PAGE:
If you have a dog, you know the scenario all too well: You’re out for a walk with Fluffy, or letting her run around the backyard, and you turn your attention away for one second. The next thing you know your pal is rolling in something unidentifiable. Too late to stop her, you call her over and boy does she stink. First stop: bathtub. The only problem? You’re fresh out of dog shampoo. If you’re thinking: ‘I have no dog shampoo what can I use,’ we found the answers for you and yes there ARE some alternatives and spoiler alert: none of them include dish soap.
Keep reading for all the do’s and don’ts of keeping your dog clean both with and without the proper supplies.
Why use dog shampoo at all?
Dog grooming products are designed to match the pH level of canine skin, which is typically more neutral than human skin. Using soaps designed for people can therefore be harmful for a dog’s coat and skin, explains Kurt Dennis, manager of Pet Services and Pet Safety at Pet Supplies Plus. If you washed your face with hand soap every day, it wouldn’t take long for your skin to become dry and irritated. The same concept applies here – soap products that haven’t been specifically designed for dogs can be too harsh and strip away their moisture barrier. This includes even gentle products, such as baby shampoo and the type of Dawn dish soap used for wildlife rehabilitation. “So if you have it on hand, it’s important to use shampoo and conditioner specifically formulated for dogs,” says Dennis. “It will keep their pH levels balanced, which keeps their skin and coat healthy with natural oils.”
In short, stick with products made for dogs. But what happens when you’re completely out?
4 ways to clean your dog when you have no shampoo
Let’s say your pooch has run through a few too many puddles, rolled in poop or splashed through the mud and you don’t have any dog products on hand to soap them off. “If you don’t have dog shampoo handy, I suggest rinsing your dog thoroughly with water only,” Dennis advises. “You can also use pet wipes if you’re on the go or in a hurry.”
Why stick with water? Again, it goes back to that fragile pH. According to Dr. Jo Myers, a veterinarian at pet telehealth company Vetster, using other products that aren’t specifically formulated for dogs just isn’t worth the risk of creating skin problems. “Frequent or long-term use of human shampoo may dry or irritate your pet’s skin, or even alter the pH enough to lead to bacterial or fungal infections,” Dr. Myers explains. In these instances, it’s best to stick with a good rinse-and-brush to deal with the dirt and odor until you’re able to use actual dog shampoo.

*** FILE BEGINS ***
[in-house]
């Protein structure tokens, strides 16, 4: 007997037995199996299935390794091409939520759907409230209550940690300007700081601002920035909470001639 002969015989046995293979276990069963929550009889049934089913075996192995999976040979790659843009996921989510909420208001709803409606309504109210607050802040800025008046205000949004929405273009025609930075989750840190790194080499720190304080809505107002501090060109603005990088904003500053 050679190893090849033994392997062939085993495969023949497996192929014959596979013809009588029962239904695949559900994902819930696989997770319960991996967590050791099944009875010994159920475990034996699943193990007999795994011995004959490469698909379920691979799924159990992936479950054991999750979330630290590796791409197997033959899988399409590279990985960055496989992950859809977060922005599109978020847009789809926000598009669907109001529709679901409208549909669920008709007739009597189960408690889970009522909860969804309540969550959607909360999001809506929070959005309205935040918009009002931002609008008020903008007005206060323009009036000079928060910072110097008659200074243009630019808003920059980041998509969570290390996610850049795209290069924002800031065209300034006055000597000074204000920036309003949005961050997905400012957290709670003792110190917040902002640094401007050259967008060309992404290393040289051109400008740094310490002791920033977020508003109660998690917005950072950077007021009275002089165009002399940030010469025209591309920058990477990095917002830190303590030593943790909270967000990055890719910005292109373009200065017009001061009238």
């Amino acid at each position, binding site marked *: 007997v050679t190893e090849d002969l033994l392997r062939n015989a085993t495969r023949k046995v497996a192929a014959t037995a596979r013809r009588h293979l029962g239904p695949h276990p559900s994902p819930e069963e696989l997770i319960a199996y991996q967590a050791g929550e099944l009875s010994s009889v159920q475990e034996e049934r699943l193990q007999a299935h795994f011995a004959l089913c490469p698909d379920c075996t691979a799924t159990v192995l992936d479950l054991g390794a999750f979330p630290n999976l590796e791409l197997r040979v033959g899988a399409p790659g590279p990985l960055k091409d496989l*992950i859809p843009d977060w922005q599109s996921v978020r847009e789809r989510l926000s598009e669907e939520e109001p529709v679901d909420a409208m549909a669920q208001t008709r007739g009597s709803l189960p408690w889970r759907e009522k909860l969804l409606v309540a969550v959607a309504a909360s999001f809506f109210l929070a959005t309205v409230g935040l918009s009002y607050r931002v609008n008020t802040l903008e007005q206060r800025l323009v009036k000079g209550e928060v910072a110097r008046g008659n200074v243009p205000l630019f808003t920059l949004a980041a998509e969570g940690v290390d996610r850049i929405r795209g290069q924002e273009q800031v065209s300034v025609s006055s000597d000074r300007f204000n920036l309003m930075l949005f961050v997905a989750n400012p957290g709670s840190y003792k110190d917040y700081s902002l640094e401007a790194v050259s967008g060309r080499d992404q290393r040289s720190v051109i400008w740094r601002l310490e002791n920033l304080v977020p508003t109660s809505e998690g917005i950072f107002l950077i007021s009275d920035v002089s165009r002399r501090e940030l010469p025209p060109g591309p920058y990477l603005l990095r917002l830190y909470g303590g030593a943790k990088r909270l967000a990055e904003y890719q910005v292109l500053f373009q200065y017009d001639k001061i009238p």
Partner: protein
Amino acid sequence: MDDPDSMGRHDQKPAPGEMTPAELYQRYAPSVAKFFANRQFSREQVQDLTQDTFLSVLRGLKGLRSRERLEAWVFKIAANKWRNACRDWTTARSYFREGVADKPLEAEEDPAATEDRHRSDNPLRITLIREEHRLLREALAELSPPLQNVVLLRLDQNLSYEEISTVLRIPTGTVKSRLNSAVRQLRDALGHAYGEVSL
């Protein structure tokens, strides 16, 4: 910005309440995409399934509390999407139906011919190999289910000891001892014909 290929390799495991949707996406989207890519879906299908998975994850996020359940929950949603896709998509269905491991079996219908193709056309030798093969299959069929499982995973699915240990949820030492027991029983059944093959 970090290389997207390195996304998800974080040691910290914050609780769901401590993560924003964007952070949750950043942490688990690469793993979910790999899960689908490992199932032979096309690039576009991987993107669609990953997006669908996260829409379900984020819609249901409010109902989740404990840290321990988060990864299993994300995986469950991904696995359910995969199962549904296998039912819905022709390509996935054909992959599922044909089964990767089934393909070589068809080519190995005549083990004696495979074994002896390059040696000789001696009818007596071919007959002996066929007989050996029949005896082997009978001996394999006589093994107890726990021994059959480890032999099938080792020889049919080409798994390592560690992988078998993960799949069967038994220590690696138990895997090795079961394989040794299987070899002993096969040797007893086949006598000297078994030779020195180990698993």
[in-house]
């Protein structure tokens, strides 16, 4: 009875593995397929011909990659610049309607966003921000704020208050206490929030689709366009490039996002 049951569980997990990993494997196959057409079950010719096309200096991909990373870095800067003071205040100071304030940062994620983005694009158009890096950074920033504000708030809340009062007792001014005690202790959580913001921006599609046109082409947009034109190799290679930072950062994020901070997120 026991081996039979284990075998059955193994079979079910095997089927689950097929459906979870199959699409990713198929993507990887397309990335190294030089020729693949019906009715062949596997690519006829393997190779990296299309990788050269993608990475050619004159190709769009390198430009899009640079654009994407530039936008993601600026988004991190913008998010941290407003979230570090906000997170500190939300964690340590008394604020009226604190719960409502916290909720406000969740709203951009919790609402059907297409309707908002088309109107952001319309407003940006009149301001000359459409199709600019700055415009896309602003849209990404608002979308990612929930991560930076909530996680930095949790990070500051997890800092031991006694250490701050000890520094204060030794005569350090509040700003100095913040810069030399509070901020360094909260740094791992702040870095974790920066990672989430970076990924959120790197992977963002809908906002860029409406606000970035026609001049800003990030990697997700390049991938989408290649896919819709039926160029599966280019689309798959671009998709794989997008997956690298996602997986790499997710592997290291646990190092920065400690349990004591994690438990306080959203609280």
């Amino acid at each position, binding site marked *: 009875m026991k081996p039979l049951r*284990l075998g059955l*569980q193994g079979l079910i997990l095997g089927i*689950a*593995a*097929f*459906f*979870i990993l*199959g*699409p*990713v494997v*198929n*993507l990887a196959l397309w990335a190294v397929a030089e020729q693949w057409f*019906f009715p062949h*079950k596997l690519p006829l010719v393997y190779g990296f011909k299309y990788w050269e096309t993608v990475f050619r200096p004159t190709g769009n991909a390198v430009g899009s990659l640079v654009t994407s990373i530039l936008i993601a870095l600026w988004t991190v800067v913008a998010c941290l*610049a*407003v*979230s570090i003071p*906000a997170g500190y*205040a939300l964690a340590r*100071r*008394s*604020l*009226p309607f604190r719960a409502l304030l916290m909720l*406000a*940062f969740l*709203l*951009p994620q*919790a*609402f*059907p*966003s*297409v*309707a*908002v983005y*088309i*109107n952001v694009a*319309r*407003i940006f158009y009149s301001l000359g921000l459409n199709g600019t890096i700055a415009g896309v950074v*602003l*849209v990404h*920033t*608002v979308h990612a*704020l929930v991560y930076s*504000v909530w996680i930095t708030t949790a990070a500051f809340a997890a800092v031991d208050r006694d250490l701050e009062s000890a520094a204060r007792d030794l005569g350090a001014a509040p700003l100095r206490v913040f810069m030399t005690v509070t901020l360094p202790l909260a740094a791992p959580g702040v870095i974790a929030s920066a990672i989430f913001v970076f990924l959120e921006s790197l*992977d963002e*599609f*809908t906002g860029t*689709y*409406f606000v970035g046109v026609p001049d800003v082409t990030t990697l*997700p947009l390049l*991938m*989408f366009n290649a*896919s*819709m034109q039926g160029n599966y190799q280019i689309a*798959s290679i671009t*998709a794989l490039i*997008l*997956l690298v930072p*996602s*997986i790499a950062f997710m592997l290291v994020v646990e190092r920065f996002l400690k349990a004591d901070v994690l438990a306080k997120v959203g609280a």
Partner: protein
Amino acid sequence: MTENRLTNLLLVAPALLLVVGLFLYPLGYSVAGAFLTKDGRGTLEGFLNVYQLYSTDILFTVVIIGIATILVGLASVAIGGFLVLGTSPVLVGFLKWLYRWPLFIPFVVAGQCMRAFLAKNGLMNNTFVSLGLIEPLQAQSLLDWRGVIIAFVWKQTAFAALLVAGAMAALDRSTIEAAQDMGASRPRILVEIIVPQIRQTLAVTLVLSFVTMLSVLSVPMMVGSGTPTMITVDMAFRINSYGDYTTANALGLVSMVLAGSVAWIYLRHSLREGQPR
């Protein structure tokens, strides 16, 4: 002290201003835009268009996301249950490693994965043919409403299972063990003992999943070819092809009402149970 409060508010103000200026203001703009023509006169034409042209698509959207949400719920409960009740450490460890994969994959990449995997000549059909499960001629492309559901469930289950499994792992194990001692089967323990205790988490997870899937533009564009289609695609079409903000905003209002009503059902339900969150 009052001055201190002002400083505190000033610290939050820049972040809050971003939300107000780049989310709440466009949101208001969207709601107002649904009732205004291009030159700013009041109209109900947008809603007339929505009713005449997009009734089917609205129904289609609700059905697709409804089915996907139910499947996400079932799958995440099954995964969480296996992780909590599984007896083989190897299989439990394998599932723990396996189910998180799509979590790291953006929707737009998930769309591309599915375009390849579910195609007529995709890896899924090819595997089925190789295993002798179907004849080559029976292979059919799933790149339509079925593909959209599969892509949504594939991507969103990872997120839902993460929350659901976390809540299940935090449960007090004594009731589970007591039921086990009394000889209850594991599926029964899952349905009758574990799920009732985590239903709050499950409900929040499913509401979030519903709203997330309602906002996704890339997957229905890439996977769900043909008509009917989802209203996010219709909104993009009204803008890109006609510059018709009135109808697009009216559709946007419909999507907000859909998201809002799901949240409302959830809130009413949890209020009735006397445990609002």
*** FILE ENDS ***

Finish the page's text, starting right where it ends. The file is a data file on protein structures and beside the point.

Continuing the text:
But sometimes water just isn’t cutting it, in which case, don’t panic — social media accounts abound with hacks for when you have no dog shampoo and want to know what you can use instead.
1. I have no dog shampoo what can I use? A vinegar spray
TikTok user David Hurtado recommends using a vinegar rinse to eliminate odors. Simply mix one part distilled white vinegar with one part water and a splash of lemon juice in a spray bottle. Then lightly spray the mixture onto your dog’s coat, combing through as you do. Allow his coat to air dry, and voila — all clean, no shampoo needed.
2.Try this DIY dog wipe spray
If you’re looking for something a little more hydrating, try this DIY dog wipe spray from TikTok user Kristin Johnsen. To fill up a 16-ounce spray bottle, you’ll need:
- 1.5 cups water
- 4 tablespoons aloe vera gel
- 2 teaspoons castile soap
Kristin recommends improving the scent of the spray by adding a few drops of sweet almond extract and orange extract as well. Before doing so, though, it’s important to make sure your dog doesn’t have any sensitivities or allergies to essential oils.
Mix all ingredients together and you’re good to go! Thanks to the hydrating aloe vera gel, this spray is especially good for dogs with dry, sensitive skin.
3. No dog shampoo? Use a homemade oatmeal rinse
TikTok user @gonaturalwithkeila recommends using oatmeal and baking soda to create a dog-friendly scrub guaranteed to remove grime and dirt. You’ll need the following ingredients:
- 1.5 cups warm water
- ¼ cup ground oatmeal
- ¼ cup baking soda
- 1 tsp mild baby soup
- Cedarwood essential oil
Thoroughly stir the mixture before pouring it through a strainer to eliminate the oatmeal pieces and you’re all set to bathe your pup.